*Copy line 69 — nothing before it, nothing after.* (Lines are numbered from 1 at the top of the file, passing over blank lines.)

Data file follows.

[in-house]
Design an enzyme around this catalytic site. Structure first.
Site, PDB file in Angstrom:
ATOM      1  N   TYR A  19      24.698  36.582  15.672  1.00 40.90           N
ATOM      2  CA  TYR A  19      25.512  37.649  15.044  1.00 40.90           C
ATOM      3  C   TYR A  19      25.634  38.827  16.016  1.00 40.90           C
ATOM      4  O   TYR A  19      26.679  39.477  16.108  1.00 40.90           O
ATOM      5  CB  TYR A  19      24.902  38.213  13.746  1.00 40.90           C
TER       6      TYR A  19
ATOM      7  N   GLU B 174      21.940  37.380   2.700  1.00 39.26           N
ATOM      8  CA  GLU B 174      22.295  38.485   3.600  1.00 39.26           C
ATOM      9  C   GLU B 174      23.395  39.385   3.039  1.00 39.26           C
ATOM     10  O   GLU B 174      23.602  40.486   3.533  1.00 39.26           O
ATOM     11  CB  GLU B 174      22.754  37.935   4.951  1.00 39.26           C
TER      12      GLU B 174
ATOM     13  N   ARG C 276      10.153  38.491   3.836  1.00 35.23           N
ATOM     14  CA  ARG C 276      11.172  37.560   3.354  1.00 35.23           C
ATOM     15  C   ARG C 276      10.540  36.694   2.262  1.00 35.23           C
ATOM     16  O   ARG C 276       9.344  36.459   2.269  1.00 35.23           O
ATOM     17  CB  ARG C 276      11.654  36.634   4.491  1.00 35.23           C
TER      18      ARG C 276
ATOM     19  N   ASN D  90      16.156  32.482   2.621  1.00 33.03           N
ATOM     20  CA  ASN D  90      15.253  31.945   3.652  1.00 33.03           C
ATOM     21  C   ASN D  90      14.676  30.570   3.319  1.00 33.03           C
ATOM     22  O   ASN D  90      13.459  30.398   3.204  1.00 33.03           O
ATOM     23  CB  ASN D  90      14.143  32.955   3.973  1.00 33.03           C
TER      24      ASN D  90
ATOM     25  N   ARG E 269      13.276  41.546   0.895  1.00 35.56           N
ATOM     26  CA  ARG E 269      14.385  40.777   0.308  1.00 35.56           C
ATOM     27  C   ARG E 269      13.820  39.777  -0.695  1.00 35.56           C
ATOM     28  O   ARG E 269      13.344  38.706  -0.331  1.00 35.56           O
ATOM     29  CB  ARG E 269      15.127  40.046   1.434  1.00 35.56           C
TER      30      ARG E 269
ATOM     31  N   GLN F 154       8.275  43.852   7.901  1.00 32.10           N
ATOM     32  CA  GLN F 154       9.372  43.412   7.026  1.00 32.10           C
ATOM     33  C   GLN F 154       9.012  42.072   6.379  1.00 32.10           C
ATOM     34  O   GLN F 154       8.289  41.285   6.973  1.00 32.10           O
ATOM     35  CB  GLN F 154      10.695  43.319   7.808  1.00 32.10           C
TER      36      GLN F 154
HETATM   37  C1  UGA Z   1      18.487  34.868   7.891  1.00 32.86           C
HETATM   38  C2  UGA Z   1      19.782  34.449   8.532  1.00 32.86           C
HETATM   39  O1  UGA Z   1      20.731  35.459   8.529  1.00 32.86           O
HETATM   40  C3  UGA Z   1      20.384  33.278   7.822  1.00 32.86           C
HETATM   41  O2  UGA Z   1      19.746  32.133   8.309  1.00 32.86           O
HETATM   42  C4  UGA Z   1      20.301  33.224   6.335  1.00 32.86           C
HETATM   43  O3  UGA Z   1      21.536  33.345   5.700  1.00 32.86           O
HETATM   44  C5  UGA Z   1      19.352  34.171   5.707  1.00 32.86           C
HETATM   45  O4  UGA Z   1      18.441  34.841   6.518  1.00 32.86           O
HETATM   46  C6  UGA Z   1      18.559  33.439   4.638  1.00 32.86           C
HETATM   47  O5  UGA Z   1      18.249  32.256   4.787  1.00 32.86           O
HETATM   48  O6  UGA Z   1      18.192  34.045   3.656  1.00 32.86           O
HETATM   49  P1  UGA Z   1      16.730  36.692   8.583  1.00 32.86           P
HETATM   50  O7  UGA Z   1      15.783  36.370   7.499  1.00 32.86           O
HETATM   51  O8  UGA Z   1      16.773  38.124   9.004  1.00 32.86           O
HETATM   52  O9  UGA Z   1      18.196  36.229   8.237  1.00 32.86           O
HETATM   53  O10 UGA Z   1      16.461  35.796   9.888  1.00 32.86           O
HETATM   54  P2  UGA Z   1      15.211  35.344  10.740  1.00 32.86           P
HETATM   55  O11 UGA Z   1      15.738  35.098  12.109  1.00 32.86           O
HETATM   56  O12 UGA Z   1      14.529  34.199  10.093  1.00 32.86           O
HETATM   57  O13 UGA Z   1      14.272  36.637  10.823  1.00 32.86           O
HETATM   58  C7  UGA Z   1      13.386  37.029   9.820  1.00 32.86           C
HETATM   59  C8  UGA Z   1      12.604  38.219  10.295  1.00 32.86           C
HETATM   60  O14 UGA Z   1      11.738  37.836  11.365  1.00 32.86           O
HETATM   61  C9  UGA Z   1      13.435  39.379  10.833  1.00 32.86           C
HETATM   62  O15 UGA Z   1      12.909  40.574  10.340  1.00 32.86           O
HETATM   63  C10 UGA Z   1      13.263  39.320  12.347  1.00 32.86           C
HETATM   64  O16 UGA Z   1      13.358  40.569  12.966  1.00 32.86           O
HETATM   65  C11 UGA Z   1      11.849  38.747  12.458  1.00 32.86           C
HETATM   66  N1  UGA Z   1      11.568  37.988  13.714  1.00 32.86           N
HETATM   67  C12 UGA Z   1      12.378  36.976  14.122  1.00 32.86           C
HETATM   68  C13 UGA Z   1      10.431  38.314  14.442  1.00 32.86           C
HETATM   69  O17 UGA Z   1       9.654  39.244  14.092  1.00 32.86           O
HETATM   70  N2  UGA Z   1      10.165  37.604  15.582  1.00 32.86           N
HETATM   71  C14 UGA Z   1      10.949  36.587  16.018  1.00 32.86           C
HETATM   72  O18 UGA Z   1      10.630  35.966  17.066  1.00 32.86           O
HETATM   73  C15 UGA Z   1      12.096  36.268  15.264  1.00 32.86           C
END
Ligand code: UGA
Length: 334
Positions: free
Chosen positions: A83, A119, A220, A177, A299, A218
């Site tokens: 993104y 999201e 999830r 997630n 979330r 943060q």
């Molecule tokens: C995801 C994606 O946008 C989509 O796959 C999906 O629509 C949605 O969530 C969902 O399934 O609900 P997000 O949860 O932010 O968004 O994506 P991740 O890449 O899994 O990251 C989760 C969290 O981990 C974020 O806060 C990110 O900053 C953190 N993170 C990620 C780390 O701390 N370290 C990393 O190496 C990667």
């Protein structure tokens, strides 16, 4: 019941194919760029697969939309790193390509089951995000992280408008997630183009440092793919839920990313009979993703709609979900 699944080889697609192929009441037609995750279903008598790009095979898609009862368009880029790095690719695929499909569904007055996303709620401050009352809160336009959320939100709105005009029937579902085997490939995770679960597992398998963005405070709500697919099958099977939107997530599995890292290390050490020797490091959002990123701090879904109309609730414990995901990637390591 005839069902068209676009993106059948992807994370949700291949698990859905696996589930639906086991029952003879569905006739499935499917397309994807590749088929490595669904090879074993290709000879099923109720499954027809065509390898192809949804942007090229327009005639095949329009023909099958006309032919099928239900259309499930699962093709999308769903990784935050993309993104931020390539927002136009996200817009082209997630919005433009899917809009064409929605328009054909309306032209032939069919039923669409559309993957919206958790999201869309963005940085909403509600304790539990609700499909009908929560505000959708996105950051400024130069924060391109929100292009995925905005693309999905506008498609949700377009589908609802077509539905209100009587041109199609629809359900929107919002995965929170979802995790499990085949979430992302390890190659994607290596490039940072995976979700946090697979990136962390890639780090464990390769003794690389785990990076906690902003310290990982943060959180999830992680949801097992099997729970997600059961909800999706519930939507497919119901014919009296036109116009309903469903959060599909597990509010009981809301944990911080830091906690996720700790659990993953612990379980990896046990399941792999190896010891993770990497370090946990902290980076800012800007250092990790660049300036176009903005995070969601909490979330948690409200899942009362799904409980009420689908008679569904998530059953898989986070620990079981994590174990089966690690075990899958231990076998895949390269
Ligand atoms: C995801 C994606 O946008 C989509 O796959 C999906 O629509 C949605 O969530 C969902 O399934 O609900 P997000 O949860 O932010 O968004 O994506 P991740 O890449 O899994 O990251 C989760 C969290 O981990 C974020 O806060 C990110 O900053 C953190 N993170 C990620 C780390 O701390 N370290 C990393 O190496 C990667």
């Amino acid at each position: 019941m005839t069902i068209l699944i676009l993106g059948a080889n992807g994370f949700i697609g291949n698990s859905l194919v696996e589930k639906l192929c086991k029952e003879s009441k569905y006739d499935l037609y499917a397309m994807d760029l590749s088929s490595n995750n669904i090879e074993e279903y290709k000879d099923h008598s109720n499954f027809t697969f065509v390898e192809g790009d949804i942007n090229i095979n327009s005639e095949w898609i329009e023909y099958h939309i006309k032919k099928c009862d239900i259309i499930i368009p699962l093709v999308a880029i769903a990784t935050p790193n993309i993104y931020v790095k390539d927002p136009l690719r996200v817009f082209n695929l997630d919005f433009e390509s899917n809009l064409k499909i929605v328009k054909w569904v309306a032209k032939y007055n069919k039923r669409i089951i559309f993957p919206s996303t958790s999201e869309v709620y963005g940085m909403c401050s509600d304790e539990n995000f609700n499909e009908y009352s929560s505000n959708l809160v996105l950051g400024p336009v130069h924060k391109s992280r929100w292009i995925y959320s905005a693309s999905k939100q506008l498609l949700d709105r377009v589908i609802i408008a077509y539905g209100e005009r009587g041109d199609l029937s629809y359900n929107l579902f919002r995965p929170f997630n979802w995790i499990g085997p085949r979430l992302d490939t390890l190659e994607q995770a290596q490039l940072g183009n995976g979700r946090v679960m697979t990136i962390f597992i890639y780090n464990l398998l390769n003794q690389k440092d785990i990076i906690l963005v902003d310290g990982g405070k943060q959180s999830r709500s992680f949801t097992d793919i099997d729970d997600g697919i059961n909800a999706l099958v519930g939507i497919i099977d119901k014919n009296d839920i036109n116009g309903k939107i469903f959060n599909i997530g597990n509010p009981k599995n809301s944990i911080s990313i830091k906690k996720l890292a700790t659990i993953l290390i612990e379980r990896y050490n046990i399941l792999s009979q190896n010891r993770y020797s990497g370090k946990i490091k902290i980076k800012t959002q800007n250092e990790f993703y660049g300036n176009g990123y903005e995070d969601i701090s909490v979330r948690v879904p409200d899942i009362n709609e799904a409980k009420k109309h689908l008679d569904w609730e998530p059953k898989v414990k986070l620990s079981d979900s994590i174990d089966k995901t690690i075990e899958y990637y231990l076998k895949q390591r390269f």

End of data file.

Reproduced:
HETATM   66  N1  UGA Z   1      11.568  37.988  13.714  1.00 32.86           N